Asian Paints and ICI: Coming a full circle (27 Oct 2003)
For Ashwin Dani, the Managing Director of Asian Paints, India’s largest paint company, the acquisition of a 9.2 per cent stake in ICI (India) Limited, would have had the sweet smell of a victory. Although he told the press that ‘‘ICI India Ltd offers a good investment opportunity and Asian Paints does not plan to destabilise the current management’’, he probably has a good idea of the suspicion with which his remark would be greeted. In October 1997, just six years ago, Dani was fighting the biggest battle of his life to ward off a serious takeover threat by the very same ICI, supported by the money power of its UK-based parent company ICI Plc. That was not all. Dani was also fighting to take charge of Asian Paints and to keep its three promoters — the Vakils, Danis and Choksis — together, and resist the blandishments of ICI UK to sell their stake. He faced an even greater challenge of proving to his partners, shareholders, dealers and stakeholders that he was just as capable of leading Asian Paints as Atul Choksey, the man who was, until then, the public face of Asian Paints. And, who had plunged the company in turmoil when he hatched a secret deal to sell his 9.1 per cent holding to ICI UK.
Asian Paints then had a 33 per cent market share and was already India’s biggest paint company. When the news of Choksey’s deal with ICI Plc hit the market, the stock price of Asian Paints rose in anticipation of the takeover tussle driving up the secondary market price. Either that, or the 28 per cent retail and institutional shareholders expected to benefit when ICI UK took over Asian Paints and formed India’s biggest paint conglomerate. But Dani decided to take charge of things and got ready for battle. He was up against the formidable and well-connected Dr Ashok Ganguly (former chairman of Hindustan Lever and a familiar figure in Delhi’s corridors of power.) ICI Plc probably thought it was only a matter of getting control over the Choksey shares and to wait for the company to disintegrate. That is why it could afford to call its purchase a benign investment. But the three promoters of Asian Paints dug in their heels and refused to transfer the shares. They also used all their connections to lobby politicians and play up the swadeshi v/s videshi factor. How could a multinational be allowed to gobble up a top Indian company, a market leader, just because one of its promoters struck a surreptitious deal to sell out his holding, they asked? By November that year, Asian Paints’ price had crashed to Rs 280 and Kotak Mahindra, which played intermediary for ICI Plc and held the Choksey shares that were acquired at Rs 346 each, was sitting on a loss. For ICI Plc, the hurdle was to obtain permission from the Foreign Investment Promotion Board (FIPB), which was rejected on November 5, 1998. The stock hit an all-time low of Rs 198 (during that phase) and very soon it was clear that ICI Plc was ready to give up its acquisition plans. Kotak Mahindra later sold 4.5 per cent of ICI’s holding, kept in its custody, to Unit Trust of India (UTI) and the remaining back to Asian Paints’ promoters at Rs 406 per share. Ironically, on the day that Asian Paints bought back the Choksey shareholding, the stock hit the upper circuit filter — this time in support of the Dani-led management. In 1998, Asian Paints was a Rs 1,128 crore company and still firmly the market leader.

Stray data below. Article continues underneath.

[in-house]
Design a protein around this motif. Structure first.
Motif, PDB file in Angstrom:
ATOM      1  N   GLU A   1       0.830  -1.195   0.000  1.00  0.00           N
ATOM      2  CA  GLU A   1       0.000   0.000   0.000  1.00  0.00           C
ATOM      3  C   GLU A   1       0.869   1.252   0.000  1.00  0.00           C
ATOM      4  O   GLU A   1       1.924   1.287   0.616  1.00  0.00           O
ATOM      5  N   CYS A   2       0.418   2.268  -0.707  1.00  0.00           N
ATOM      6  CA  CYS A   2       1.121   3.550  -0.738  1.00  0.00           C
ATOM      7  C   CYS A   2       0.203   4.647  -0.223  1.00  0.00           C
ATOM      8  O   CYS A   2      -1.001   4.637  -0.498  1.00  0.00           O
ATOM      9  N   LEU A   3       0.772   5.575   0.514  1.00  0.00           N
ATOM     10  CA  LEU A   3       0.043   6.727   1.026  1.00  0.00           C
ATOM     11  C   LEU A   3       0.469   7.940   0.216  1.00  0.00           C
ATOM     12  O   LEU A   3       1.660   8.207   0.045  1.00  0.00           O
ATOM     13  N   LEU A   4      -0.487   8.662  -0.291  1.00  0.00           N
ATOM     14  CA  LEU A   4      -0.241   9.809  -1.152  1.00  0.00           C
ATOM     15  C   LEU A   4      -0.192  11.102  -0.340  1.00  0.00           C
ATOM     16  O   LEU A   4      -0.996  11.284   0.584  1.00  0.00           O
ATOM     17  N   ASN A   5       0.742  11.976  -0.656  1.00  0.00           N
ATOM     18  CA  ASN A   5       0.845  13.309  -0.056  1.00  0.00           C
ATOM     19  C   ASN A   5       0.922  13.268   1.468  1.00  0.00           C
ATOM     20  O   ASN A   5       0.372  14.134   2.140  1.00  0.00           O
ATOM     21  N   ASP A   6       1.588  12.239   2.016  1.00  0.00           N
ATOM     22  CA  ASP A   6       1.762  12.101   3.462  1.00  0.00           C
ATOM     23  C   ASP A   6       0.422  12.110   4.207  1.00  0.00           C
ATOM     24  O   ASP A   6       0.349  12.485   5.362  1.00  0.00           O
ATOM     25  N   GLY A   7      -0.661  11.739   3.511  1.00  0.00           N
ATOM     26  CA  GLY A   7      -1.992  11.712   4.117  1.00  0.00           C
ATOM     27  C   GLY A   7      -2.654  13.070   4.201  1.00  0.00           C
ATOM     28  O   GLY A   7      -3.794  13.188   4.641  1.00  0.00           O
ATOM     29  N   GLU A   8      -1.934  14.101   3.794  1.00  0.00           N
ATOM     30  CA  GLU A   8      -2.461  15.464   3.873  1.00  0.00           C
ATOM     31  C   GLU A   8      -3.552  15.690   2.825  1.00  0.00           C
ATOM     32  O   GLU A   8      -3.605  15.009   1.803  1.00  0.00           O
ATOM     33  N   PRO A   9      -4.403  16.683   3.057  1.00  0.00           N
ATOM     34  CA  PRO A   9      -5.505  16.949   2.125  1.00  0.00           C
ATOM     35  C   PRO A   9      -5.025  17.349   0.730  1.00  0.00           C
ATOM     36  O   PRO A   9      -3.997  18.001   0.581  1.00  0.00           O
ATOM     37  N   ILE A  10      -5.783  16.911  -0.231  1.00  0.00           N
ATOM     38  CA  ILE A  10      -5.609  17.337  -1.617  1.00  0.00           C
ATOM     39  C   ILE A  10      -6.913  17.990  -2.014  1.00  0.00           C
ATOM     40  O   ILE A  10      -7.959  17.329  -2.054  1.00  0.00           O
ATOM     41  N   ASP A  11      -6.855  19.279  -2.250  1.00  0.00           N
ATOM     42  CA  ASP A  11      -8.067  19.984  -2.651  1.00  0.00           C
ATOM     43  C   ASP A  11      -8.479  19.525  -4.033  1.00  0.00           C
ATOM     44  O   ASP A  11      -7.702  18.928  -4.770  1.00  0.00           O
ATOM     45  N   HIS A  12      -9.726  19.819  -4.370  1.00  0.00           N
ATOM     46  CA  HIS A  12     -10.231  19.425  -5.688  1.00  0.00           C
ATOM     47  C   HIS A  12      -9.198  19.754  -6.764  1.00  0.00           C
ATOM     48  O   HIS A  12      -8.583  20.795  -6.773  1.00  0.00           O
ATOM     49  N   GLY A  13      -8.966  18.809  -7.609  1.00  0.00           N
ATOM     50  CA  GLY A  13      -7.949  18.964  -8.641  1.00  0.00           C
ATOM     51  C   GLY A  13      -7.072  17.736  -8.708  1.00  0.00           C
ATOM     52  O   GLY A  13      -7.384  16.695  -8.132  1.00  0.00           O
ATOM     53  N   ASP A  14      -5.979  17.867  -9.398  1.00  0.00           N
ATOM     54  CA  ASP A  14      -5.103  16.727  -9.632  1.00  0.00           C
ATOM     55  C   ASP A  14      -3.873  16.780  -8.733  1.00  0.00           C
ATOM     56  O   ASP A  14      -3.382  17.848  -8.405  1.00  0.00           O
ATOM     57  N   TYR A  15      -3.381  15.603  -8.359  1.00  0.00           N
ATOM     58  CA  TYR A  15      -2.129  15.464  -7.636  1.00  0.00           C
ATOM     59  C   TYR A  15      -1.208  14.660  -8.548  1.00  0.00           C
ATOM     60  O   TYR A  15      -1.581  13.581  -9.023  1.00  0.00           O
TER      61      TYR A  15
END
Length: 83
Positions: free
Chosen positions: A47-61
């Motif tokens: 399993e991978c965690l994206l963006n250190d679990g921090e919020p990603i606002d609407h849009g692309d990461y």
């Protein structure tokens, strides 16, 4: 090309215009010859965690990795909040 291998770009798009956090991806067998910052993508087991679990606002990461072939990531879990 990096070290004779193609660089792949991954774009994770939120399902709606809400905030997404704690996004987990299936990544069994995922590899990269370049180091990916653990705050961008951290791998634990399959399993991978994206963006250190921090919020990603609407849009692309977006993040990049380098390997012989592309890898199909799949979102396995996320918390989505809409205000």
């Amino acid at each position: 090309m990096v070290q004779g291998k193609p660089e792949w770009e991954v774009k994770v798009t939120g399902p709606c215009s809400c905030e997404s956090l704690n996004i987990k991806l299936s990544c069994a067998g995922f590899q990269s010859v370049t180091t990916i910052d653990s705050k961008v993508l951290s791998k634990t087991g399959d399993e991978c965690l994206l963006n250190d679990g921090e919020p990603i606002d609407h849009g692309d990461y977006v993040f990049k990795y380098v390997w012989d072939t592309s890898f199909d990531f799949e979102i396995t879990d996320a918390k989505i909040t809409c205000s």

In year 2003, when it is ready to turn the tables on ICI Plc by acquiring the government’s 9.2 per cent holding, Asian Paint’s turnover is Rs 2,040 crore and it has operations in 24 countries, with market leadership in 11 of them. In another reversal of the 1997 story, the price of ICI (India) shot up on October 23 to 9.4 per cent Rs 174.80 in anticipation of some corporate action. So far, ICI’s UK parent has not reacted to Asian Paints’ acquisition of a substantial stake in its Indian company, but notwithstanding Dani’s assertion, Asian Paints could hardly buy the stock as an investment. The share price of ICI (India) has been stagnating or has dropped over the last six years, after the skirmish with the market leader. On the other hand, ICI UK holds almost 51 of the Indian company so a hostile takeover is out of the question. To think that the two companies will seek out product synergies and work on a joint marketing strategy also seems a little fanciful. While Asian Paints is completely focussed on paints, it is only one of the five businesses of ICI (India), even after it shed some of its holding in Indian Explosives last month, and sold its fertiliser division to Duncans, fibre business to Reliance and got out of seeds and agrochemicals. ICI (India) is also rumoured to be planning to exit its Rubber Chemicals and Nitrocellulose businesses, and the company hasn’t exactly denied the reports.
Were those two divisions to be sold, ICI (India) would be predominantly a paint company. It is also increasing its paint manufacturing capacity with two new units and is working on expanding its distribution network. Does that seem like a company wanting to get out of India? Not really. Does it then mean that the acquisition of a 9.2 per cent stake in ICI (India) is more of an ego thrill for the promoters than a serious investment decision? That too is difficult to say with any certainty. But with ICI (India) continuing to restructure its operations, its senior management and its shareholding, it is a stock that is going to be keenly watched by the stock market after a long time. -- Sucheta Dalal